New York Bancorp: Biggest Draw May Be Biggest Near Term Risk

| About: New York (NYCB)
New York Community Bancorp (NYSE:NYB) July 30, 2009: $10.80
52-week range: $7.68 (Mar. 9, 2009) - $22.00 (Sep. 19, 2008)
Dividend = $0.25 quarterly = 9.26% current yield

NYB is a multi-bank holding company operating about 180 branches throughout New York City, its surrounding suburbs and New Jersey. They serve both individuals and commercial enterprises.

Earnings held up much better for NYB than for most banking institutions during last year’s credit melt-down. Earnings from continuing operations dropped from $0.90 to $0.83 and book value only dipped by 5.34%.

Year-over-year comparisons turned positive in the December quarter and remained so in both the March and June interim reporting periods.

NYB reported Q2 Wednesday with non-GAAP earnings of $0.26 versus $0.14 from 2008’s comparable quarter. An announcement that NYB would issue common shares in exchange for existing equity derivative securities sent the shares down on Wednesday before they rebounded with the market to $10.80 at Thursday’s close.

The biggest draw for investors is perhaps the biggest risk in the near term. NYB has been paying twenty-five cent quarterly dividends since 2005. Earnings in 2002 – 2005 handily exceeded that level while Thursday’s payout ratio is about 94% of the expected 2009 EPS of $1.06. The current yield of 9.26% is an obvious lure for present day shareholders. If the dividend were cut, these shares might take a near term hit as ‘income investors’ sell out.

The management seems committed to the current rate but it is not a given that it can be maintained. Zacks sees 2009 and 2010 earnings coming in at $1.06 and $1.18 making the multiple on NYB about 10.2x this year’s and 9.2x next year’s estimate.

Morningstar rates NYB 4-Stars (out of 5) and lists 'Fair Value' as $14 /share.
Value Line's 3 - 5 year target price range is $20 - $30 /share.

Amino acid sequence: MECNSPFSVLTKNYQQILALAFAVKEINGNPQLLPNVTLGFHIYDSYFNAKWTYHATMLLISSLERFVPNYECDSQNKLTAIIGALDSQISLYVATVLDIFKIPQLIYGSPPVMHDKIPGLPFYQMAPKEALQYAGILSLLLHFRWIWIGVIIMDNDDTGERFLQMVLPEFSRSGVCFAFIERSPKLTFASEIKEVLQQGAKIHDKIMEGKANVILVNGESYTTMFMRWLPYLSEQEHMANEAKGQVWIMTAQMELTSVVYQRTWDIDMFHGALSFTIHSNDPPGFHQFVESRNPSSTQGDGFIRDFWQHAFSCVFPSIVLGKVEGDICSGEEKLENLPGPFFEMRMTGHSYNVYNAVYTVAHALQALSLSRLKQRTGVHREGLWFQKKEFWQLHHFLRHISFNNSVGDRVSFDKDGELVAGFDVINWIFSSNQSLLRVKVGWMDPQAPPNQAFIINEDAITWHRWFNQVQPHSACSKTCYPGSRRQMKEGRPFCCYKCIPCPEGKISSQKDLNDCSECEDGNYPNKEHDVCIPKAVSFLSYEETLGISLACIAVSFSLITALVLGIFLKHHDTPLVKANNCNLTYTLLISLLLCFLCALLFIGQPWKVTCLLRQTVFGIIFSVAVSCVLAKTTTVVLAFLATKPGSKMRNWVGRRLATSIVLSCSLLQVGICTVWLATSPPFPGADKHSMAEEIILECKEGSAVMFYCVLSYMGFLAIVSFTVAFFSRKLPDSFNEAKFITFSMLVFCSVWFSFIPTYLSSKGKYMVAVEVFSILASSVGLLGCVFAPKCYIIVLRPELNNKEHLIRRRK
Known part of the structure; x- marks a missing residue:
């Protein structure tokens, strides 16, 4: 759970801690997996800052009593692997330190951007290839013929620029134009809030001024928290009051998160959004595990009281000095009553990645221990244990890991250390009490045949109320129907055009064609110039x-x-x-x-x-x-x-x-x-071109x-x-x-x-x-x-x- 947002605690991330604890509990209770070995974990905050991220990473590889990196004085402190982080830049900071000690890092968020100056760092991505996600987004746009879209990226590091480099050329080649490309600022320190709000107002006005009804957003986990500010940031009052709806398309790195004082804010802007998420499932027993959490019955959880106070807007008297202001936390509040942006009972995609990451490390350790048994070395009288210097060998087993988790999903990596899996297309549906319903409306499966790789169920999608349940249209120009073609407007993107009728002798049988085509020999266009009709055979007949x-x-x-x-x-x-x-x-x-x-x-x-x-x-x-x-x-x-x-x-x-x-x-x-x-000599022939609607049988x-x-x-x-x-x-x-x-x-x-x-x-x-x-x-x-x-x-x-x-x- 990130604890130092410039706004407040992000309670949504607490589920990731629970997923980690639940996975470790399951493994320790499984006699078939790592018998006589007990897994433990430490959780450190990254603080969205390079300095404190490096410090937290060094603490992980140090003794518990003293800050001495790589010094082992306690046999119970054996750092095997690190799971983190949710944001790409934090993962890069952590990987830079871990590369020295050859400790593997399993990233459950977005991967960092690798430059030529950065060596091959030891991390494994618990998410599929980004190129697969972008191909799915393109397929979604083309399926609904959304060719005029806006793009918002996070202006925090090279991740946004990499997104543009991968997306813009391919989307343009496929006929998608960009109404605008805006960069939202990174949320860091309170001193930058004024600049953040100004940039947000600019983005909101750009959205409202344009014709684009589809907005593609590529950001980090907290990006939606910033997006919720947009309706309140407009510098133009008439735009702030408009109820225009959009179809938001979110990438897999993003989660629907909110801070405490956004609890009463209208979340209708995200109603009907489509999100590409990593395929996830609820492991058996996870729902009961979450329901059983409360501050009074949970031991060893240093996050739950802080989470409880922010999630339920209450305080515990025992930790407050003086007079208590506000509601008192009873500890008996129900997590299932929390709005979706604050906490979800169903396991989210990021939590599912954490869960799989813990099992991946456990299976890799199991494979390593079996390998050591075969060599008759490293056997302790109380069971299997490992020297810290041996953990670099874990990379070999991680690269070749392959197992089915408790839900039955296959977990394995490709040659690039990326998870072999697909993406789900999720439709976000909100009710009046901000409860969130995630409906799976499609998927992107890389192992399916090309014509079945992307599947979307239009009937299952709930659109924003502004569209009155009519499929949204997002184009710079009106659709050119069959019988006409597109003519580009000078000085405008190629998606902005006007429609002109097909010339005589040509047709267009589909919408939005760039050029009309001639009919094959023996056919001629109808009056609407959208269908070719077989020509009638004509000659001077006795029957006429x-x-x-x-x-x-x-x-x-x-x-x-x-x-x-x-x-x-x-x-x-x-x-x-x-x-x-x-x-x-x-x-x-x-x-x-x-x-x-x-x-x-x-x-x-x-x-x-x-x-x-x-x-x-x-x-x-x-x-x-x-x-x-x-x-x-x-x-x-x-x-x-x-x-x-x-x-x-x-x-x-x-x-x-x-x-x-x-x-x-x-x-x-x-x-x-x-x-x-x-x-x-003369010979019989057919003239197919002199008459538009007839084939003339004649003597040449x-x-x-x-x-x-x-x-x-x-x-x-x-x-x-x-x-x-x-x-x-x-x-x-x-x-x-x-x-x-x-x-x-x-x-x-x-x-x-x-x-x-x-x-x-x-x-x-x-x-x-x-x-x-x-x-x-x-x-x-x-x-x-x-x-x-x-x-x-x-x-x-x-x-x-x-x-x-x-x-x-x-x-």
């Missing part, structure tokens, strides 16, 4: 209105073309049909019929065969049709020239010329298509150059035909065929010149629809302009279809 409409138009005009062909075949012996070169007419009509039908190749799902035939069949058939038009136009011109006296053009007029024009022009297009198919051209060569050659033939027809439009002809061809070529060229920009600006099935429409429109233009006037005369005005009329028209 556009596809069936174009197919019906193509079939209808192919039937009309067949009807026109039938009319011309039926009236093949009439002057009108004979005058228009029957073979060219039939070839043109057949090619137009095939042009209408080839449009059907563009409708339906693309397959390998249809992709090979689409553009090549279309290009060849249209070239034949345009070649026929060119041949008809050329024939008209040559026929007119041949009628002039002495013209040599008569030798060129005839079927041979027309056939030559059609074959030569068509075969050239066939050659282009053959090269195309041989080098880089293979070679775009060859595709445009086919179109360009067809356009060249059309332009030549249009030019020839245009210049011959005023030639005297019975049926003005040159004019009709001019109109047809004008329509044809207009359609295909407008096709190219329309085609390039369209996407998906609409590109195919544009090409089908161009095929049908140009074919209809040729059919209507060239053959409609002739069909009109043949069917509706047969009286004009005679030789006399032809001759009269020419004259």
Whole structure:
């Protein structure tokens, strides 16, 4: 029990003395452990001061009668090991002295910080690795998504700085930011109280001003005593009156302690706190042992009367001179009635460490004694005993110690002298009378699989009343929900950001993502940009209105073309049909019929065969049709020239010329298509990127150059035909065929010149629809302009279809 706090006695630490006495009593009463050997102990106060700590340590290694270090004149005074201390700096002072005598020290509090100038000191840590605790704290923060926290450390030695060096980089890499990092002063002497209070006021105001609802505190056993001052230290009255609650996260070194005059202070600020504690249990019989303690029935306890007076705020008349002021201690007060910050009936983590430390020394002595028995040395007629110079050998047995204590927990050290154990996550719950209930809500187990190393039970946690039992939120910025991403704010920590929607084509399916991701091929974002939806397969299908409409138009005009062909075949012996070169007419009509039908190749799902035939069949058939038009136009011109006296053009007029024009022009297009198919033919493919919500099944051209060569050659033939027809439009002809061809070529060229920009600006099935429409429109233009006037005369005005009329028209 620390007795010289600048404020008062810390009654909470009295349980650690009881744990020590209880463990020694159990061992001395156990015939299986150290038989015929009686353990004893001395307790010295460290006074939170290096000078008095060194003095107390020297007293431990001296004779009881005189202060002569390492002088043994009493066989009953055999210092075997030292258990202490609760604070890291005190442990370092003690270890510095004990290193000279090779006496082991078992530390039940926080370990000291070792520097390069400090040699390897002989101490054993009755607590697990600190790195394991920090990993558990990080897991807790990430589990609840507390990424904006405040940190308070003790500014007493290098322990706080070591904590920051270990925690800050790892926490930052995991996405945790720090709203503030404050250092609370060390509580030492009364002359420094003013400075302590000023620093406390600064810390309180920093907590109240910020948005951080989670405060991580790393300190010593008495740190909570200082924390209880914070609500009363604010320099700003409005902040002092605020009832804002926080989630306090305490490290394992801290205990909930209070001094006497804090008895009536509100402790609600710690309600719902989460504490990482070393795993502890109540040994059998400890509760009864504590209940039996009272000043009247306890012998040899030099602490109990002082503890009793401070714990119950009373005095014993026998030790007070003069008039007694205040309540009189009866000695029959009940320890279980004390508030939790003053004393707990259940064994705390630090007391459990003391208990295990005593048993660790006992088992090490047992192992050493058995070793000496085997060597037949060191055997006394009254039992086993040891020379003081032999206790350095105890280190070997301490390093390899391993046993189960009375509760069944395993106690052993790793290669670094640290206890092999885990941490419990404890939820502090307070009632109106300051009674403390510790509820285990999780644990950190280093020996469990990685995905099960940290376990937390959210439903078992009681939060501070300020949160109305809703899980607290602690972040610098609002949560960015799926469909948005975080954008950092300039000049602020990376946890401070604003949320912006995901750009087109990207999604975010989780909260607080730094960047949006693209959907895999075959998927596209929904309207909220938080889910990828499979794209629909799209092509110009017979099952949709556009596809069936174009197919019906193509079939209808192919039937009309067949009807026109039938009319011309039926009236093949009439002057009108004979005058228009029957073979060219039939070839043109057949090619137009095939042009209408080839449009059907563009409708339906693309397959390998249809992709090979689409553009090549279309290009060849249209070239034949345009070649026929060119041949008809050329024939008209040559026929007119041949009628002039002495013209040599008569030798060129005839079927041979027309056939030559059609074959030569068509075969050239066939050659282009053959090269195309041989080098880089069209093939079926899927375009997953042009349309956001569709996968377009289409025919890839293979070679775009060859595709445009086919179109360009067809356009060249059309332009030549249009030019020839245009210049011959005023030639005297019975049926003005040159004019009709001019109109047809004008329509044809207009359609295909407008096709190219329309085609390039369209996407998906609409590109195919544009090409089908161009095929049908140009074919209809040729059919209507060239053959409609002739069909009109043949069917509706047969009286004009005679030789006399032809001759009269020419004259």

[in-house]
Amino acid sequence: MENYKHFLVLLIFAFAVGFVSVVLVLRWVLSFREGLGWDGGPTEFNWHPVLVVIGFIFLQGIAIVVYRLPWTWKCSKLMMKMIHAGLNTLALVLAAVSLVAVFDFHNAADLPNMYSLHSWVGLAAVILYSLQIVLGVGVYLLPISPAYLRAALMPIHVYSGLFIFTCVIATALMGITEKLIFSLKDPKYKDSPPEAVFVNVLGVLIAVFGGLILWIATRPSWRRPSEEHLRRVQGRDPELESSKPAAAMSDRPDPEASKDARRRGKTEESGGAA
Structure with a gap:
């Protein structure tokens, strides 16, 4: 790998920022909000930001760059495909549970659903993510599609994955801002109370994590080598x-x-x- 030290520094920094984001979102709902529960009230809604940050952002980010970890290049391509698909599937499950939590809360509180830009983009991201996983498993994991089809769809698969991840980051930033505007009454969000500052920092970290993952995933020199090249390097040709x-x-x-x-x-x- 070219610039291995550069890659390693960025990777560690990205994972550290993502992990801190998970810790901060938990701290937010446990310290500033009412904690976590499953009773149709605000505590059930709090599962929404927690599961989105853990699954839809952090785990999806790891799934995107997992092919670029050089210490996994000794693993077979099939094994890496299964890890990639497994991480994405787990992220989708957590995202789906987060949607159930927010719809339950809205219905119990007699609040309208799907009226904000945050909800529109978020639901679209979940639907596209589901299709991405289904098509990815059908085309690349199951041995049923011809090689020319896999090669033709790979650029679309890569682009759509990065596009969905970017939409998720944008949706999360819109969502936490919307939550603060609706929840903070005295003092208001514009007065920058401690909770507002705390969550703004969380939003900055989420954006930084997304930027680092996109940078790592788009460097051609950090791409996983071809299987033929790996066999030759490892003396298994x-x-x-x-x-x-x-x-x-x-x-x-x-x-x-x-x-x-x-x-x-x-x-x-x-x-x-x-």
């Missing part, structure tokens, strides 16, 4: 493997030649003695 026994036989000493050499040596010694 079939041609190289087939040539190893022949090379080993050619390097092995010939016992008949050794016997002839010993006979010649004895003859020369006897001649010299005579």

Here’s a way to play NYB that leaves room for good returns while mitigating much of the risk involved.

......................................................... Cash Outlay .......... Cash Inflow
Buy 1000 NYB @$10.80 ..................... $10,800
Sell 10 Jan. 2011 $10 calls @$1.70 .................................. $1,700
Sell 10 Jan. 2011 $10 puts @$2.10 ................................... $2,100
Net Cash Out-of-Pocket ....................... $7,000

If New York Community is above $10 on Jan. 21, 2011:

• The $10 calls will be exercised.
• You will sell your shares for $10,000.
• The $10 puts will expire worthless.
• You will have collected $1500 in dividends (if current rates hold).
• You will have no further option obligations.
• You will hold no shares and $11,500 in cash.

That’s a best-case scenario net total return of

$4,500 / $7,000 = 64.2%

achieved in about 17.5 months on shares that:

Went up.
Stayed unchanged.
Dropped by up to 7.4% from the starting price.

What’s the risk?

If New York Community is below $10 on Jan. 21, 2011:

• The $10 calls will expire worthless.
• The $10 puts will be exercised.
• You will be forced to buy another 1000 shares of NYB.
• You will need to lay out an additional $10,000 in cash.
• You will likely have collected $1,500 in dividends.
• You will have no further option obligations.
• You will end up with 2000 shares of NYB and $1,500 cash.

What’s the break-even on the whole trade?

On the first 1000 shares it’s their $10.80 purchase price
less the $1.70 /share call premium = $9.10 /share.

On the ‘put’ shares it’s the $10 strike price less
the $2.10 /share put premium = $7.90 /share.

Your net break-even would average $8.50 /share (excluding dividends)
and $7.75 /share (including yield at the current payout).

Unless the dividend rate is reduced, NYB shares could fall by up
to 28.2% without causing a loss on this trade.

Disclosure: Author is long NYB shares and short NYB options.